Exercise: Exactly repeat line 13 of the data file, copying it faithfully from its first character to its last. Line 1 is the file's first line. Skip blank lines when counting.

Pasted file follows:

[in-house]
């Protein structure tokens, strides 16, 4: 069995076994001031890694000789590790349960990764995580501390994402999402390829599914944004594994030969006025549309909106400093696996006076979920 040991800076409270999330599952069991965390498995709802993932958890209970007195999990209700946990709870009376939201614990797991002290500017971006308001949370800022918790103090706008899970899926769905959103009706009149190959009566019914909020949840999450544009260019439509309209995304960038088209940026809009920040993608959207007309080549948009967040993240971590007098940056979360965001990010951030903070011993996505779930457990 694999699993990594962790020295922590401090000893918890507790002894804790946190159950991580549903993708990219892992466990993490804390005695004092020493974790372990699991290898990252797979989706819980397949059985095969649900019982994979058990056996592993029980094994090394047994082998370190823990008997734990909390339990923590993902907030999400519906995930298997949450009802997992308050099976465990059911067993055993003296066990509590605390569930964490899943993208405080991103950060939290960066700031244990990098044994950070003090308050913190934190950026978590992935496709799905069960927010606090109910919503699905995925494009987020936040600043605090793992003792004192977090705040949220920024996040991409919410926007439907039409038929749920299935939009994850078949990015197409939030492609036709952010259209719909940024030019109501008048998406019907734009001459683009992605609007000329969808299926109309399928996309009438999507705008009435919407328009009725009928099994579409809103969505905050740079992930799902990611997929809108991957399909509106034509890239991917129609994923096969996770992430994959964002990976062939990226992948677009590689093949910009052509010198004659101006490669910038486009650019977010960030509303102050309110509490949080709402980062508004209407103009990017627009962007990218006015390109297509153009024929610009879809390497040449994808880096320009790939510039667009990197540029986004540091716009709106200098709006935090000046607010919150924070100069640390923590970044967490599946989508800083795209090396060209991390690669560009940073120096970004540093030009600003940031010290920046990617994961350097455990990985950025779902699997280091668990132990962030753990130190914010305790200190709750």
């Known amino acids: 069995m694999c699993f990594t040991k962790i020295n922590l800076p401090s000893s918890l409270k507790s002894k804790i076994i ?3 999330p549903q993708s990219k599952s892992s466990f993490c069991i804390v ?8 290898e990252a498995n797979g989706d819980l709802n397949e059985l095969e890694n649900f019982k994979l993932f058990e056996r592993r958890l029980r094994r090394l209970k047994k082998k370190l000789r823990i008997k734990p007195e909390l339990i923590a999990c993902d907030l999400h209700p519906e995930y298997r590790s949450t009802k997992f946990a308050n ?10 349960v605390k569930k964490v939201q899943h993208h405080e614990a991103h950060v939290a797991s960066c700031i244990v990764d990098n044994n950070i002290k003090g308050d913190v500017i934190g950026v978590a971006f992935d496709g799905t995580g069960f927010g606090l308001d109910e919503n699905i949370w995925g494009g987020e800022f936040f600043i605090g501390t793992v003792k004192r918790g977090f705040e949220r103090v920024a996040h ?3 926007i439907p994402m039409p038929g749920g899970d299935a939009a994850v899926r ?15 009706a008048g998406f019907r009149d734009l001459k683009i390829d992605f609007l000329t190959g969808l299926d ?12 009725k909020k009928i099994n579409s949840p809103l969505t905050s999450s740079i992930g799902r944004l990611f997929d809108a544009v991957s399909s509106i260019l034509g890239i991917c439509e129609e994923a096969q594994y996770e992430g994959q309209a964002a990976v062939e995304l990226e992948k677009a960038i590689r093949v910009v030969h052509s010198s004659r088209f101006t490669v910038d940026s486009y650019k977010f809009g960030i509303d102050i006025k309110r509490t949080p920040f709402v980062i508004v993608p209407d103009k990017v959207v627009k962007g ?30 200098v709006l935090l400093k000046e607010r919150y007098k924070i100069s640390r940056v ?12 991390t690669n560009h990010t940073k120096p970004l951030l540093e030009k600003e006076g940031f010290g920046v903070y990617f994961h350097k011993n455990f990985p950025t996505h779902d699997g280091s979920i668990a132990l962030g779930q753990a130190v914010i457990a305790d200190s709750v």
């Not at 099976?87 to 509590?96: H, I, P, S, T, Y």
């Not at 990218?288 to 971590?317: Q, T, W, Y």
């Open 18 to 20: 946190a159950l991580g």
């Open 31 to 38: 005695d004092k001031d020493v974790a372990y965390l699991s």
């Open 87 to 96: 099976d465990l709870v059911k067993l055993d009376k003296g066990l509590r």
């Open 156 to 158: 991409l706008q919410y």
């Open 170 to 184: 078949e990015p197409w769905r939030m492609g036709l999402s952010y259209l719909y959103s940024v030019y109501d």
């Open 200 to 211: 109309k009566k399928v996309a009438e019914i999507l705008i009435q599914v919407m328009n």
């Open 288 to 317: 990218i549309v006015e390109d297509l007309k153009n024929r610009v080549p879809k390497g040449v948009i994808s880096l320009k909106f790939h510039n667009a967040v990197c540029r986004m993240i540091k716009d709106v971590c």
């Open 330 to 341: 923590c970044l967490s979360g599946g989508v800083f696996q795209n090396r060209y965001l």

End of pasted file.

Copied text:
């Open 330 to 341: 923590c970044l967490s979360g599946g989508v800083f696996q795209n090396r060209y965001l």